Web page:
Perceptual integration is thus achieved as easily as specialization; it arises from the fact that each level predicts a hyperprior on the previous level. As one moves upwards through the hierarchy, this means that each level predicts more integrated, abstract, amodal entities. Association areas don’t predict just that a certain sight or sound will appear, but instead encode a joint expectation across both (or all) modalities. Just like the fusiform face area predicts complex, nonlinear conjunctions of lower-level visual features, multimodal areas predict nonlinear interactions between the senses.

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A half-cat half post, or a cat behind a post? The deep convolutional nature of the brain helps us solve this and similar nonlinear problems.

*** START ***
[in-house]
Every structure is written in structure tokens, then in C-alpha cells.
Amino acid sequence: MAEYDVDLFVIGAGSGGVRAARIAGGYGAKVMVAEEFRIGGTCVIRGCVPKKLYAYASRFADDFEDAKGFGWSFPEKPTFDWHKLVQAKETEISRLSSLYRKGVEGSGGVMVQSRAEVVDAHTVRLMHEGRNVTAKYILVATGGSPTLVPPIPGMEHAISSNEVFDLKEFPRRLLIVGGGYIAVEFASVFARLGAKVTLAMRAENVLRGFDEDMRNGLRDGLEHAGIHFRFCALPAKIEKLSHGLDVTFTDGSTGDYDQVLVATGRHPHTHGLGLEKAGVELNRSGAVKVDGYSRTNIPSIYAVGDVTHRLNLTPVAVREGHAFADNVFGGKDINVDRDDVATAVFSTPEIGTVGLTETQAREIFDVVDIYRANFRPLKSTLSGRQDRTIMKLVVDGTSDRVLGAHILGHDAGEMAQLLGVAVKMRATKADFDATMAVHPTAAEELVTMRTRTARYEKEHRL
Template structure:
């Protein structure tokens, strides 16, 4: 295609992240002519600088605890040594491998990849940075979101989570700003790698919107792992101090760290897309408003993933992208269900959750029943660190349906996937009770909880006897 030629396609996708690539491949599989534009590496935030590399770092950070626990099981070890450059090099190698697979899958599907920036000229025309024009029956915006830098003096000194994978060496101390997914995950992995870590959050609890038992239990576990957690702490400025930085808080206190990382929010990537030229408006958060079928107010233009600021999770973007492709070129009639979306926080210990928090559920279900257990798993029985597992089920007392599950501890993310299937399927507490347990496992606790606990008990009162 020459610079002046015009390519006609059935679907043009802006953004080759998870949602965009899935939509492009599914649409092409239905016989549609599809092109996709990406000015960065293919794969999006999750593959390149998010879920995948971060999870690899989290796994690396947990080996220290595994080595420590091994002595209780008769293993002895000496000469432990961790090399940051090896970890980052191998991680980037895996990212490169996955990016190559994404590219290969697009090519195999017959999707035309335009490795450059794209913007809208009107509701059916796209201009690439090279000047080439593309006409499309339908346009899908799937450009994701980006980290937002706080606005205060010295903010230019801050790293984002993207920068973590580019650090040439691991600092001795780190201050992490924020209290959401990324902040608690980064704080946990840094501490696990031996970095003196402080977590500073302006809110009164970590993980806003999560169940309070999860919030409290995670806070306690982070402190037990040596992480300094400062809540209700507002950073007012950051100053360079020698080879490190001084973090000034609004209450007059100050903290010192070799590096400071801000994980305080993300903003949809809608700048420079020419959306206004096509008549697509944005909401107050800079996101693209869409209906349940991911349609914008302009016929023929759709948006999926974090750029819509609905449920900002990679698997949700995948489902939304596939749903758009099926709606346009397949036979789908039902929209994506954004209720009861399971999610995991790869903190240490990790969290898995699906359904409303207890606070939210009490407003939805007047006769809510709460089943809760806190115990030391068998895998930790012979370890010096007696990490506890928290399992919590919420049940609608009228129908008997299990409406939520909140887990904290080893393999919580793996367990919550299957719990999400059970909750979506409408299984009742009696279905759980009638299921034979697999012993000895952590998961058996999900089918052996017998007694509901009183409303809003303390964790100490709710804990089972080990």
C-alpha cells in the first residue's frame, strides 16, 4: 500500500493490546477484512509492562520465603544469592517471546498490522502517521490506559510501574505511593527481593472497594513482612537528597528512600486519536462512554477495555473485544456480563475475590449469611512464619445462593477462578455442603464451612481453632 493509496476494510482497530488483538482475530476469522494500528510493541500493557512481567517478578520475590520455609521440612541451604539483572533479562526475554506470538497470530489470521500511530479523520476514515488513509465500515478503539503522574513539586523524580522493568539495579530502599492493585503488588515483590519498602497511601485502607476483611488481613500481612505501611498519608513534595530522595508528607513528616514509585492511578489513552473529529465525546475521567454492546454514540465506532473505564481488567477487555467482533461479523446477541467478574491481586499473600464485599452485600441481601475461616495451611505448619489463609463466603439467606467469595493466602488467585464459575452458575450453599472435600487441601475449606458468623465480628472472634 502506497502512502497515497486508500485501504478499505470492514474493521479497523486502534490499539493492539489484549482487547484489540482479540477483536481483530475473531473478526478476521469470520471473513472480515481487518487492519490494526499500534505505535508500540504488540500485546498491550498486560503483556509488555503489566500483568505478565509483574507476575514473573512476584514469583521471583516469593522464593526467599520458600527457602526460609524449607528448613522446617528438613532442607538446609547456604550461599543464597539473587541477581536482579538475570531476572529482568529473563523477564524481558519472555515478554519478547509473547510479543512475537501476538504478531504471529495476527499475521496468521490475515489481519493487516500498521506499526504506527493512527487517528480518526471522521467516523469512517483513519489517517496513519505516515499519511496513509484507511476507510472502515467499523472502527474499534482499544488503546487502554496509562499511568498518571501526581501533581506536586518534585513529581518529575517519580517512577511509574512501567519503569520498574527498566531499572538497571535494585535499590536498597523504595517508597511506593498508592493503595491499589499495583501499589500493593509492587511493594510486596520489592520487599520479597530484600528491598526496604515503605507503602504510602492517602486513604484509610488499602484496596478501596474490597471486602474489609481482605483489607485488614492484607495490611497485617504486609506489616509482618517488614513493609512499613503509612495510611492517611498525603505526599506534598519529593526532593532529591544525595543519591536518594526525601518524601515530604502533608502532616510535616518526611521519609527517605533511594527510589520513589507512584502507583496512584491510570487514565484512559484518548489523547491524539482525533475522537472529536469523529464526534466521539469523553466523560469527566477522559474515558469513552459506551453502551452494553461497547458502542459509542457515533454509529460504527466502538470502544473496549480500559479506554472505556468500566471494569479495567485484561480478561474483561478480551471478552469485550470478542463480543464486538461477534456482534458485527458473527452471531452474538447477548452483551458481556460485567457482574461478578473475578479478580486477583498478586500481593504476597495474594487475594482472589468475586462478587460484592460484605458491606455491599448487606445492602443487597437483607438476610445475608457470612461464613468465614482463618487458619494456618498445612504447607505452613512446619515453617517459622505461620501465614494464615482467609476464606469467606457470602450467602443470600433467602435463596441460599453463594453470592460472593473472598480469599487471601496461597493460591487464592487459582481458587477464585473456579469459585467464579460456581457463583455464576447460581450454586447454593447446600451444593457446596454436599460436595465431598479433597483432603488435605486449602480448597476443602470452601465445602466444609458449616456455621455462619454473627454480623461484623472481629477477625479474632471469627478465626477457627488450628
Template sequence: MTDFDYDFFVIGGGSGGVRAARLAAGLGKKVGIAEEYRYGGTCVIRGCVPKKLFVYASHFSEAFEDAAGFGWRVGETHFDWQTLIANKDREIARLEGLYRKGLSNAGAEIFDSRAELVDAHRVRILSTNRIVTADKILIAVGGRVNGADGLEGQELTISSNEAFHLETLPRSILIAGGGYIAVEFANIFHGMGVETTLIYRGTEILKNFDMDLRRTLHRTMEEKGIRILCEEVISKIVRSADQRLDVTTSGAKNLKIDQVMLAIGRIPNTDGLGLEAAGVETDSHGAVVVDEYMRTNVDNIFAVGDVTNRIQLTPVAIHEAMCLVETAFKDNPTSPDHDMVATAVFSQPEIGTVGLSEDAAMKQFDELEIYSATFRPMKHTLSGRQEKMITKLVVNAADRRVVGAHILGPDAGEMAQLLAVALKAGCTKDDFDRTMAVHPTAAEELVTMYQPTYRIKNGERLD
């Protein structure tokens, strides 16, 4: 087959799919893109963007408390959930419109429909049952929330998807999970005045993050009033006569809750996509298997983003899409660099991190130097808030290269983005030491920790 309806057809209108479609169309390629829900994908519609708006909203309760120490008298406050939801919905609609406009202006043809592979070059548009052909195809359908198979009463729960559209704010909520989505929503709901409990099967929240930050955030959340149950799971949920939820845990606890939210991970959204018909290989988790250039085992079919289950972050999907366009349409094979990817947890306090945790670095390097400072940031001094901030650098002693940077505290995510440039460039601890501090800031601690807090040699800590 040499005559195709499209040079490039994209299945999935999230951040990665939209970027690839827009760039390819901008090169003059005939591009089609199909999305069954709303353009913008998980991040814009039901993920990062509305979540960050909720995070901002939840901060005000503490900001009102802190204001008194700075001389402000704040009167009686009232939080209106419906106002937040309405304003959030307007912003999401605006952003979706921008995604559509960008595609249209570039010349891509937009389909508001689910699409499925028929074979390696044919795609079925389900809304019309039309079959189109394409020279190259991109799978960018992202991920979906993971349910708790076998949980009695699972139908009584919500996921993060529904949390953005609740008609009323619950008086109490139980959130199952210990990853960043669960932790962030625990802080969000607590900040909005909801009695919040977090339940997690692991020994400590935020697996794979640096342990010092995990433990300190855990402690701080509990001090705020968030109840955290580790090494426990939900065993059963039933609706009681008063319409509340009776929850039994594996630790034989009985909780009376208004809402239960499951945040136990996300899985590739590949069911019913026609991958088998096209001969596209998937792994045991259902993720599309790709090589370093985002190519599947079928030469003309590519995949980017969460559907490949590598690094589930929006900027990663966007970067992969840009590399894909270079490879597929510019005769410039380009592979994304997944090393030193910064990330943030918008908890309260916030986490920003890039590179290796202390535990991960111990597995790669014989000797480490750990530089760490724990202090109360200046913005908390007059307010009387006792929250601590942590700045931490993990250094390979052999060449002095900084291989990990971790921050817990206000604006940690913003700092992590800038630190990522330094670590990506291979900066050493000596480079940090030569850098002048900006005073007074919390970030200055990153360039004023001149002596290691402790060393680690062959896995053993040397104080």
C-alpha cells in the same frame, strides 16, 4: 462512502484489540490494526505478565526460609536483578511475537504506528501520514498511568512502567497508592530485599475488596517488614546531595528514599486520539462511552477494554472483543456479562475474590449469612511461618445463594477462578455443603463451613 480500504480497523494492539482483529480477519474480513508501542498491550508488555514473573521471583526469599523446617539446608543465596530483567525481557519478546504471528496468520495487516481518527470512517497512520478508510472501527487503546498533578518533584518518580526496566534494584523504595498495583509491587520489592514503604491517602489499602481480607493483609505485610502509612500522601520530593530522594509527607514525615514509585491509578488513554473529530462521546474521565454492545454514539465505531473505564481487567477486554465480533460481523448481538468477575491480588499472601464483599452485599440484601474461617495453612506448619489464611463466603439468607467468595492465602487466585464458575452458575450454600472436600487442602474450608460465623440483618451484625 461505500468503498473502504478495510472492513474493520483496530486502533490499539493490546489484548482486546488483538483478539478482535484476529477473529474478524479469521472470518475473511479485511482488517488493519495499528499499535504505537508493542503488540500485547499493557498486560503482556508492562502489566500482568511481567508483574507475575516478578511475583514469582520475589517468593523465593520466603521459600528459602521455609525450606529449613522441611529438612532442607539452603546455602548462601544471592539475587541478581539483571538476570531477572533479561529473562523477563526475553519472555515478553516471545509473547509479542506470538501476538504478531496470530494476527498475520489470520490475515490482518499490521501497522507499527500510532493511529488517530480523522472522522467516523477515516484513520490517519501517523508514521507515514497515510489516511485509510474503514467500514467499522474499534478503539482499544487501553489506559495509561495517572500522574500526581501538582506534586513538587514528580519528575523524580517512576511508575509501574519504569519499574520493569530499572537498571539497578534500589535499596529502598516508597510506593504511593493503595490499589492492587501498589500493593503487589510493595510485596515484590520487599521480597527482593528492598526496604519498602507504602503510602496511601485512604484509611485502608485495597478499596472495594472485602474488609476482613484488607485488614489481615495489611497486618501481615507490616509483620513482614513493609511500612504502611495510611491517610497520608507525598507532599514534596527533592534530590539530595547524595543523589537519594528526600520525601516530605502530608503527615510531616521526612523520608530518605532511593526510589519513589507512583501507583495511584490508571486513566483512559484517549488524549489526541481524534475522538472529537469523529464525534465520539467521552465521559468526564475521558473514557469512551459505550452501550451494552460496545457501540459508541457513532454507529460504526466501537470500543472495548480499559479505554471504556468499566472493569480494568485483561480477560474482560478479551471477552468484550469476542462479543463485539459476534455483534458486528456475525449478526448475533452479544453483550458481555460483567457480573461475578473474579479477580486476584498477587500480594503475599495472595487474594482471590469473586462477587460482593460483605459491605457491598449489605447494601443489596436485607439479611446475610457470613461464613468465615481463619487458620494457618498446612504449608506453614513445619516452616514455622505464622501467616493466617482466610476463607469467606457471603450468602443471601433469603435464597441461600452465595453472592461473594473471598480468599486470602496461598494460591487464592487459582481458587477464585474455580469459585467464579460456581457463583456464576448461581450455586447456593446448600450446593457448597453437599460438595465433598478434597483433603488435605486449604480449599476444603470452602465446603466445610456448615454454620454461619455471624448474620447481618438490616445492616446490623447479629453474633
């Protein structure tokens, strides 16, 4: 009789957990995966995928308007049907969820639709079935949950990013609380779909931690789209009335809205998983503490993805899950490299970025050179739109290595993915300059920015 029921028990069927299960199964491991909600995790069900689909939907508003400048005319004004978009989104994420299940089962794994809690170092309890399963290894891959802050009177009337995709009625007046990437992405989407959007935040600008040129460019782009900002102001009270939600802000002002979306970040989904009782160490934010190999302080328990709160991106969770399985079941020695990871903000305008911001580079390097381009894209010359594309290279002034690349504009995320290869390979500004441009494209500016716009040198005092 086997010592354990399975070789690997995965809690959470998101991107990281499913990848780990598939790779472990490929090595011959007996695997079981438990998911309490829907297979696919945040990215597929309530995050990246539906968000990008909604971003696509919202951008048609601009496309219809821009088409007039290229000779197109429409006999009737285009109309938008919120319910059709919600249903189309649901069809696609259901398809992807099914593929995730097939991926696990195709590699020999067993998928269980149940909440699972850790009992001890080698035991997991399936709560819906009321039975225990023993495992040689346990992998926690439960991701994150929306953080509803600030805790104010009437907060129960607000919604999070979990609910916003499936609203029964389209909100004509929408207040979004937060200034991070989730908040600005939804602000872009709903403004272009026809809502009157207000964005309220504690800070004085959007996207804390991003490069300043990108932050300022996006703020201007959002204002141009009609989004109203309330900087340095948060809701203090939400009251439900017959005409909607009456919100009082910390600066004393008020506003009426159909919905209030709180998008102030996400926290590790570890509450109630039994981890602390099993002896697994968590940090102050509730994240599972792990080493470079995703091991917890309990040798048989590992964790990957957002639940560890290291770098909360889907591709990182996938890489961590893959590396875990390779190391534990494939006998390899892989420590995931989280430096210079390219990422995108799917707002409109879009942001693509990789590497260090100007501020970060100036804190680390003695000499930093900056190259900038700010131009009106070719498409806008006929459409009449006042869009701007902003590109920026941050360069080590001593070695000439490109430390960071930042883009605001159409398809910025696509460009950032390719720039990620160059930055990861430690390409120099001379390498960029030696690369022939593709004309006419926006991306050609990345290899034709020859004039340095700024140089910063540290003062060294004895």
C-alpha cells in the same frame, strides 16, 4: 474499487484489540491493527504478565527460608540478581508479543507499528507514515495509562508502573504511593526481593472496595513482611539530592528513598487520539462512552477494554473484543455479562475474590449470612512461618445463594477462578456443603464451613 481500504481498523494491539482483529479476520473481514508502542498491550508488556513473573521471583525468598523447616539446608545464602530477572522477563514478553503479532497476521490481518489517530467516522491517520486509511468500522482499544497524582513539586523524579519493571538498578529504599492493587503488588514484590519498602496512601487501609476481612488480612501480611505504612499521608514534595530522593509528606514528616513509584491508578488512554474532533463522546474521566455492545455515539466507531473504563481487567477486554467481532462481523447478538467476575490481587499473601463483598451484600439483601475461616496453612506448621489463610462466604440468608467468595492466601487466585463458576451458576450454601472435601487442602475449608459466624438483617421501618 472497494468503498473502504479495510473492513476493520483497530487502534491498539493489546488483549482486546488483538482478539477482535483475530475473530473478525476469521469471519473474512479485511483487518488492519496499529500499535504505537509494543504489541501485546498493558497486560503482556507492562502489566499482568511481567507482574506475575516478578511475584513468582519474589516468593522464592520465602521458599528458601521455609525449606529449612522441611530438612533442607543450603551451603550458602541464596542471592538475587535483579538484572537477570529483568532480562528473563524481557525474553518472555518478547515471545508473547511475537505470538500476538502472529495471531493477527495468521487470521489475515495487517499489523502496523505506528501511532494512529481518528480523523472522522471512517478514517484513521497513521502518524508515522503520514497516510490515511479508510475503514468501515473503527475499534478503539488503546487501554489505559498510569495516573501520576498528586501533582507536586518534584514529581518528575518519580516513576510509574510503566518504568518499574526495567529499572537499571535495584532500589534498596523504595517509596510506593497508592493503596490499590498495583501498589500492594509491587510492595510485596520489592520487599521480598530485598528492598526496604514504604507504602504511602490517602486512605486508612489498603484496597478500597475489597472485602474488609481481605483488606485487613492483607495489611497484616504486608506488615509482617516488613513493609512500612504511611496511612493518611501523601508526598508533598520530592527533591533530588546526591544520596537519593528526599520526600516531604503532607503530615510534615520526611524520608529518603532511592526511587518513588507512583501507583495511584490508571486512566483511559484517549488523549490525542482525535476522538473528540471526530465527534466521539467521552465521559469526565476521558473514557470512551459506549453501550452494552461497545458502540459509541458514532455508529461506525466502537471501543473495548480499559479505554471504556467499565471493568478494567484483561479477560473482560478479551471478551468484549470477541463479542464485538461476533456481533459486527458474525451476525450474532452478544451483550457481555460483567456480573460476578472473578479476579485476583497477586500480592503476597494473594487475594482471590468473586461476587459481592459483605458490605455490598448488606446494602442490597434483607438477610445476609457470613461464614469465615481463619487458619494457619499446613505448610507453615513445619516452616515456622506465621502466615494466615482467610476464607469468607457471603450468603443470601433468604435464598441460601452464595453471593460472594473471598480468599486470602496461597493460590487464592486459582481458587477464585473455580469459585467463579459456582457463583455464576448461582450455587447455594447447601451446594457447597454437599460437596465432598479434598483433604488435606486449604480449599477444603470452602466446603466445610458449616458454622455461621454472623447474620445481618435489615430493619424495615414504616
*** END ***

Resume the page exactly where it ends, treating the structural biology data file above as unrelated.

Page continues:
It is this nonlinearity that makes predictive schemes so powerful and attractive. To understand why, consider the task the brain must solve to be useful. Sensory impressions are not generated by simple linear inputs; certainly for perception to be useful to an organism it must process the world at a level that is relevant for that organism. This is the world of objects, persons, and things, not disjointed, individual sensory properties. When I watch a cat walk behind a fence, I don’t perceive it as two halves of a cat and a fence post, but rather as a cat hidden behind a fence. These kinds of nonlinear interactions between objects and properties of the world are ubiquitous in perception; the brain must solve not for the immediately available sensory inputs but rather the complex hidden causes underlying them. This is achieved in a similar manner to a deep convolutional network; each level performs the same canonical prediction, yet together the hierarchy will extract the best-hidden features to explain the complex interactions that produce physical sensations. In this way the predictive brain summersaults the binding problem of perception; perception is integrated precisely because conjoint hypothesis are better, more useful explanations than discrete ones. As long as the network has sufficient hierarchical depth, it will always arrive at these complex representations. It’s worth noting we can observe the flip-side of this process in common visual illusions, where the higher-order percept or prior “fills in” our actual sensory experience (e.g. when we perceive a convex circle as being lit from above).